CBN Governor, Mallam Sanusi Lamido Sanusi
By Obinna Chima and Onwuka Nzeshi
Analysts have expressed divergent reactions with regard to the necessity of the proposal by the Central Bank of Nigeria (CBN) to introduce a new N5, 000 banknote into the economy.
While some financial market analysts and operators who spoke with THISDAY described the move as a negation of the cashless policy and a waste of resources, others argued that it would ease transactional constraints.
CBN Governor, Mallam Sanusi Lamido Sanusi, on Thursday unveiled plans to restructure the naira and introduce a new N5, 000 banknote denomination into the economy.
Sanusi had allayed fears that the introduction of such a high denomination will create inflationary pressure, adding that it would rather aid the apex bank's cashless policy.
But the Managing Director/Chief Executive Officer, Cowry Asset Limited, Mr. Johnson Chukwu, faulted Sanusi’s explanation, saying that the proposal “contradicts everything that have been said about the cashless policy.”
Chukwu added: “A higher denomination is not necessary at this stage, particularly at a time when the CBN and banks have invested a lot of resources on the cashless projects. It is going to be a waste of national resources.
“When you give people higher denomination of banknotes that means you are encouraging them to hold cash.”
He also insisted that plans to convert to convert N5, N10 and N20 to coin would fuel inflationary pressure.
According to him, considering the fact that many Nigerians dislike to use coin in their daily transactions, prices of goods and services may rise.
Similarly, Managing Director/Chief Executive Officer, Financial Derivatives Company Limited (FDC), Mr Bismark Rewane, argued that the policy ought to have been initiated before the cashless policy.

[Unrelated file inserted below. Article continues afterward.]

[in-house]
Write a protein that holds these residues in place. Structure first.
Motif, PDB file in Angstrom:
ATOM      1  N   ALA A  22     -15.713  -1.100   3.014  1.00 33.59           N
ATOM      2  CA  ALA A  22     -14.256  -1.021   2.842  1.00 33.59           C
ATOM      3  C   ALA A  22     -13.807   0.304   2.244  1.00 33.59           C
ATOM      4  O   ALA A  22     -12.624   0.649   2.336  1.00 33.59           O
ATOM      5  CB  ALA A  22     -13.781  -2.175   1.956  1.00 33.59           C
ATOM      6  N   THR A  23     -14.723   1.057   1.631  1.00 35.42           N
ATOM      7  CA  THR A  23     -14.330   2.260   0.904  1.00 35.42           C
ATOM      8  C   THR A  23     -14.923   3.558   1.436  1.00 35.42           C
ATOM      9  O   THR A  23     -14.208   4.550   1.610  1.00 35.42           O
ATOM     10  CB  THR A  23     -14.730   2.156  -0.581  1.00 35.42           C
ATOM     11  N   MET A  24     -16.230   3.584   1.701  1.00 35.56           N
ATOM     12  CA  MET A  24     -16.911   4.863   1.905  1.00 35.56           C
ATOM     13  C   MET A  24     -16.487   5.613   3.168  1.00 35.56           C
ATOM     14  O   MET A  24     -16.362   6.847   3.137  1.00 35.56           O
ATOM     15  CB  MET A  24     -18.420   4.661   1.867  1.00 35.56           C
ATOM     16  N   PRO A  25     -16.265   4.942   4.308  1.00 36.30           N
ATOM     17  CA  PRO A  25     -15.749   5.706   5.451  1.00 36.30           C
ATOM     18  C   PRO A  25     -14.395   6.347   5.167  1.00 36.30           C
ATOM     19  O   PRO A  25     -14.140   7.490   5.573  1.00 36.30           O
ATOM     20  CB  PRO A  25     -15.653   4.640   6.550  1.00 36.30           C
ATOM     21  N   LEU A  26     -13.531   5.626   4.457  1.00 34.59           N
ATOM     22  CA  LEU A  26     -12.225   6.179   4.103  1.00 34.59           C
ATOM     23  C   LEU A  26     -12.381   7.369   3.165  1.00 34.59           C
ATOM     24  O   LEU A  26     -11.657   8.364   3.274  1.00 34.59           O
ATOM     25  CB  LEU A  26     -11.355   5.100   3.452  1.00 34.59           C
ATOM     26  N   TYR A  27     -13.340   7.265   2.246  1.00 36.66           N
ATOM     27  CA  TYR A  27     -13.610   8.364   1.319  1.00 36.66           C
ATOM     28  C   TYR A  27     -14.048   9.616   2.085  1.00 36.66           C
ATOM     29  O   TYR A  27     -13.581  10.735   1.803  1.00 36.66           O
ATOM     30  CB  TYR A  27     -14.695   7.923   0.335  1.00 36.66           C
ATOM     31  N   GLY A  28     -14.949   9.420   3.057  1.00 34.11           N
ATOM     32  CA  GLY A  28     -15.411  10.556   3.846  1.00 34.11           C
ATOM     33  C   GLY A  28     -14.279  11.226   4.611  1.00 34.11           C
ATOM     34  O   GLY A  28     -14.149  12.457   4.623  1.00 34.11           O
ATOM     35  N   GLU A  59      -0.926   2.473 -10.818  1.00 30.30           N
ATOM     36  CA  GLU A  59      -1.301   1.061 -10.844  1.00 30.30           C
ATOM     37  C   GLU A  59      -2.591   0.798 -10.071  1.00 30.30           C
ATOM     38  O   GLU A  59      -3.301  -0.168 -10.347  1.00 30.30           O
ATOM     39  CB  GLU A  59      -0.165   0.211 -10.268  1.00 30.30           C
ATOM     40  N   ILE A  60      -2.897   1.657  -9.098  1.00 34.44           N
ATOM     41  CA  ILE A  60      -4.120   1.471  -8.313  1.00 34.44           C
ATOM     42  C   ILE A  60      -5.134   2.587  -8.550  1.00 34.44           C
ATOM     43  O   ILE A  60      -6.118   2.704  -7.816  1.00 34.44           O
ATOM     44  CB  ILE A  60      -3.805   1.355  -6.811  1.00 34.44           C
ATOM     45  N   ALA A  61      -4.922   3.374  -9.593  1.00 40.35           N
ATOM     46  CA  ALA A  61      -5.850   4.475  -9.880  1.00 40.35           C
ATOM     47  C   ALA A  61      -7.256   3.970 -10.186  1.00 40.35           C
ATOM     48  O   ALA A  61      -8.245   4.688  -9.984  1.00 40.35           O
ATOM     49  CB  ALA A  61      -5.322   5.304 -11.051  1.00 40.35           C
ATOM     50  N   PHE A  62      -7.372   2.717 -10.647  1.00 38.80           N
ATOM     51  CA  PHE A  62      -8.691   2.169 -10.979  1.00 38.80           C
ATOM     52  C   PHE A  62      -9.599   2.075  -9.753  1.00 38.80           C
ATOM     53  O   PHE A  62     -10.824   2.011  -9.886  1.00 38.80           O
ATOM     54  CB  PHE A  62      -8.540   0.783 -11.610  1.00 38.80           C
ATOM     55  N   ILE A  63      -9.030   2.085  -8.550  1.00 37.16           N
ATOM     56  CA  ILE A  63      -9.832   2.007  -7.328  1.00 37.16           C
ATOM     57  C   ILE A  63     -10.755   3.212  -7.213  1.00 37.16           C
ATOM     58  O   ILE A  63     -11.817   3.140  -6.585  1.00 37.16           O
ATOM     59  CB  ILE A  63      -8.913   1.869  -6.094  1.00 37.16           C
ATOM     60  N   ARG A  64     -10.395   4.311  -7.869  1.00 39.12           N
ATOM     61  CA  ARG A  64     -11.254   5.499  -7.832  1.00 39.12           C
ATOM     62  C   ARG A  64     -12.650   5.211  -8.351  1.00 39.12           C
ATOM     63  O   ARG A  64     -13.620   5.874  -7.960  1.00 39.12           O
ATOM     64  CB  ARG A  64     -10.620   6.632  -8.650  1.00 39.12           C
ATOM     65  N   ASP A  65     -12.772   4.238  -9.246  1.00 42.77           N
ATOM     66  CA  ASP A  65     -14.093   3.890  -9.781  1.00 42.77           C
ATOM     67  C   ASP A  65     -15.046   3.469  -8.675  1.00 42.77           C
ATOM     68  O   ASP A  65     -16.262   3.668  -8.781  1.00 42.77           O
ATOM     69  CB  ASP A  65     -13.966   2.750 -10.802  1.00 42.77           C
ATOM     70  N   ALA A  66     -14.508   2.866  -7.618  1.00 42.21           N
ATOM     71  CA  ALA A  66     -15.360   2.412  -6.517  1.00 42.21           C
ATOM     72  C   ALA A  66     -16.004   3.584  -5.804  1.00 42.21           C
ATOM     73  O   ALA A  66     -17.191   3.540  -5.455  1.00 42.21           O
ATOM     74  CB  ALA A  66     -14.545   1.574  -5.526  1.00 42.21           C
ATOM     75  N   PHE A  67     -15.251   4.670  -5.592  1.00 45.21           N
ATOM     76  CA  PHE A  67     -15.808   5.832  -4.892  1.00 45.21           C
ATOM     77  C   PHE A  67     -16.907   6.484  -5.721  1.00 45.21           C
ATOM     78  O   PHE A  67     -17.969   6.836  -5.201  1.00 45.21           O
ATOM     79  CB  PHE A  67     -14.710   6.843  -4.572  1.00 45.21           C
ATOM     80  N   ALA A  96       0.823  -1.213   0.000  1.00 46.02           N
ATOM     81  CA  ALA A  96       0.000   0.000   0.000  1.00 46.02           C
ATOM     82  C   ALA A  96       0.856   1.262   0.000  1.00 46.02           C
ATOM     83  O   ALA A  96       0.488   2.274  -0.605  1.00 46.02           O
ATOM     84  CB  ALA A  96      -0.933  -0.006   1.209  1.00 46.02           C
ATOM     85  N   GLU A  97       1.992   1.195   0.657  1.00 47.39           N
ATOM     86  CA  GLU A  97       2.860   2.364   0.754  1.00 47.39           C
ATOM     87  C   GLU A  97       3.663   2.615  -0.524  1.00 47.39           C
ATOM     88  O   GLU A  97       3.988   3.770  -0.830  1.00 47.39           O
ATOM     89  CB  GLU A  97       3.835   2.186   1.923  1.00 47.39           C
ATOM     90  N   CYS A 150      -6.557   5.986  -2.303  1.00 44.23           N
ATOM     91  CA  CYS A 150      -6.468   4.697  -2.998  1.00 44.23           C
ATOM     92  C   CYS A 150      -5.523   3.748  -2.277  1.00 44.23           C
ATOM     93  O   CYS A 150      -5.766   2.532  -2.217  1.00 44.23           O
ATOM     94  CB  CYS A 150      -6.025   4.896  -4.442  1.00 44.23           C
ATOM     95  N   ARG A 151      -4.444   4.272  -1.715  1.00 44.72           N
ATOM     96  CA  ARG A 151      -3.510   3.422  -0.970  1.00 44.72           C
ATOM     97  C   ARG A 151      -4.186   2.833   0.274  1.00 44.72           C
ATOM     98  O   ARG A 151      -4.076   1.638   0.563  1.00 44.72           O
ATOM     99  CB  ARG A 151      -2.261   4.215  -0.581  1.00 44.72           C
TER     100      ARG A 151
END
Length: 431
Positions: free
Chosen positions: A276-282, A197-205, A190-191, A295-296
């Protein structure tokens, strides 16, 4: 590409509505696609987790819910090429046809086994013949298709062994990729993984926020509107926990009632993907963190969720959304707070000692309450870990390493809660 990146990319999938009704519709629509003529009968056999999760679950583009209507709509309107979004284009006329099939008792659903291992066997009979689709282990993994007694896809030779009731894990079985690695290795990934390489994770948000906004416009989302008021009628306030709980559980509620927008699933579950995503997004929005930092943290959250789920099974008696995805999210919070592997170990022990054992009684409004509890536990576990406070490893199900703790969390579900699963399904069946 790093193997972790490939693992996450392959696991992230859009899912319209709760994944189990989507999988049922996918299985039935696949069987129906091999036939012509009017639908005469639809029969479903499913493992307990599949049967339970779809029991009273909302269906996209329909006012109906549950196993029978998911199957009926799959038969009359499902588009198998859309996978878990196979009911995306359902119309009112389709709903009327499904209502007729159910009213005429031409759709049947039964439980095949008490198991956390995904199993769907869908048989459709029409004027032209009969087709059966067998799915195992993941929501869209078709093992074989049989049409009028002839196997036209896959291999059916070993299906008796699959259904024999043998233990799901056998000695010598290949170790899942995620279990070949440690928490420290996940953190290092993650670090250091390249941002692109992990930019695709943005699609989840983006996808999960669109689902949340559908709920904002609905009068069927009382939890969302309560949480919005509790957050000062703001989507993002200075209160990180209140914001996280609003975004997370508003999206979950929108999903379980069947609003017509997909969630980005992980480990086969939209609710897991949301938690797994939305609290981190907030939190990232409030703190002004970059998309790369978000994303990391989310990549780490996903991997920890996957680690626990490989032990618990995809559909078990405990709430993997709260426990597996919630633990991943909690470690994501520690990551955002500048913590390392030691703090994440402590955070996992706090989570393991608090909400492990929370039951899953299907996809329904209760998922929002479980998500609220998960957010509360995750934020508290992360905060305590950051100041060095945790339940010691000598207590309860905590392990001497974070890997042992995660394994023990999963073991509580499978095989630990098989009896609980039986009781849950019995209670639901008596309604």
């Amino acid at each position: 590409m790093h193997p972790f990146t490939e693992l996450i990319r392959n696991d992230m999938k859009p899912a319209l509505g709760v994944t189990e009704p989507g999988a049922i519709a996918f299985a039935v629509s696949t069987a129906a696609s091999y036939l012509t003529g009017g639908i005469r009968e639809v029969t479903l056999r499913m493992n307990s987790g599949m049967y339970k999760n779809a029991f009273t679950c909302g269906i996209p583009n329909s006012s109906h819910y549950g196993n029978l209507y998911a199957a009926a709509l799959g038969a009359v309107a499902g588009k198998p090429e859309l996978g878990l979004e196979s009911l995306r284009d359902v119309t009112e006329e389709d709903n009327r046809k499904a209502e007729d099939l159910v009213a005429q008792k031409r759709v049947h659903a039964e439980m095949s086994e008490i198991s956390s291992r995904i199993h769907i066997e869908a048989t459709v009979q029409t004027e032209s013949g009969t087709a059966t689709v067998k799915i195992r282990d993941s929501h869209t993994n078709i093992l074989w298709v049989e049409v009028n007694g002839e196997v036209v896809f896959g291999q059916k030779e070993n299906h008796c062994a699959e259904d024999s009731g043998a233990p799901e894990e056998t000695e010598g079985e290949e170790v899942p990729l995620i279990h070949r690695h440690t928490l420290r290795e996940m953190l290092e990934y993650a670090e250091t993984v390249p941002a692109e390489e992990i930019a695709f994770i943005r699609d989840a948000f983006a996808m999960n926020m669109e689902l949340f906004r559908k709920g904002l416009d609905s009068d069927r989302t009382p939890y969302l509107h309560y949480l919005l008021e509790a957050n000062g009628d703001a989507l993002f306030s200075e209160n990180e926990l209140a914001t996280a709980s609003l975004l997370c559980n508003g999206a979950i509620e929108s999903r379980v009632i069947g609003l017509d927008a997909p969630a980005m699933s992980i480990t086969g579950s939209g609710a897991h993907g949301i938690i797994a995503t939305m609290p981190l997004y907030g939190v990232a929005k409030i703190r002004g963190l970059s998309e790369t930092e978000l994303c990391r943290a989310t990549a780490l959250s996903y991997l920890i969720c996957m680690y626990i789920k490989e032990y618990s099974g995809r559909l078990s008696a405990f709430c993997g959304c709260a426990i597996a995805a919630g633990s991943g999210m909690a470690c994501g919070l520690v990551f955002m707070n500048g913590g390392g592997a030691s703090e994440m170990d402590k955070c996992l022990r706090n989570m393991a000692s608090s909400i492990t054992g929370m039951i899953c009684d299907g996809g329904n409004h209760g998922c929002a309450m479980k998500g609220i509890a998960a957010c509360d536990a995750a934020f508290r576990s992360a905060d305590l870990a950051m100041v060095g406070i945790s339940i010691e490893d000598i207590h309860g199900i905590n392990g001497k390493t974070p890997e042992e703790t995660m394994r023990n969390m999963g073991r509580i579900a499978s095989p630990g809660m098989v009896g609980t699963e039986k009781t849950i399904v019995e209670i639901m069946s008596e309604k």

“My opinion is that it should have been initiated before the cash-less policy. Since the entire nation is going to go cashless next year, why introduce a higher denomination of banknote?
“Yes, it serves the purpose of portability which is a characteristic of money, but then you have to consider the cash-less policy,” Rewane added.
However, Emerging Markets Strategist, Standard Bank Plc, London, Mr. Samir Gadio, welcomed the initiative by the apex bank saying that it would ease transactional challenges. “In fact, this should not have an impact on inflation since the issuance of new NGN5000 notes will not necessarily affect overall money supply. In Zimbabwe, the issue was quite different since the issuance of larger notes was the result of a hyperinflation-devaluation spiral,” he explained.
His Standard Chartered Bank counterpart, Razia Khan, also supported the CBN’s plan. Khan who is the bank’s head, Macro-Economics and Regional Head of Research for Africa, insisted that “the introduction of a higher denomination note is meant to help with the broad effort of the cashless reforms. It fits with the theme of reducing the cost to banks of having to deal with the management of large quantities of notes.
“It is hoped that this, as well as shared services, will reduce banks’ costs of operation – a benefit they can then pass on to depositors through higher deposit rates. A N5000 note does not even equate to $50, so the magnitude needs to be borne in mind. Middle Class Nigerians will probably find that it eases cash transactions. Lower income Nigerians may not use the new note as frequently, but it should make the handling of cash that they have saved easier.”
Sanusi had also explained that under the proposed new currency structure expected to be officially launched early next year, the existing denominations of N50, N100, N200, N500 and N1, 000 would be redesigned with added security features.
According to Sanusi, 12 new currency structures would emerge at the end of the exercise. These would include 50K, N1, N2, N5, N10 and N20 in the coin category, while N50, N100, N200, N500, N1000 and N5000 will be bank notes.
But for Special Adviser to the President on National Assembly Matters, Senator Joy Emodi, the issue went beyond the fiscal implications. She described the bid as a boost to democracy and gender equality in Nigeria.
“This move is historic for Nigerian women as it marks the very first time any government, whether military or civilian, will confer them (women) with this magnitude of recognition and respect,” she said.
The proposed N5, 000 note would have the image of Mrs Funmilayo Ransome-Kuti, Madam Margaret Ekpo and Hajia Gambo Sawaba.
Emodi said the three women deserved the honour having contributed immensely to the development of Nigeria during their life time.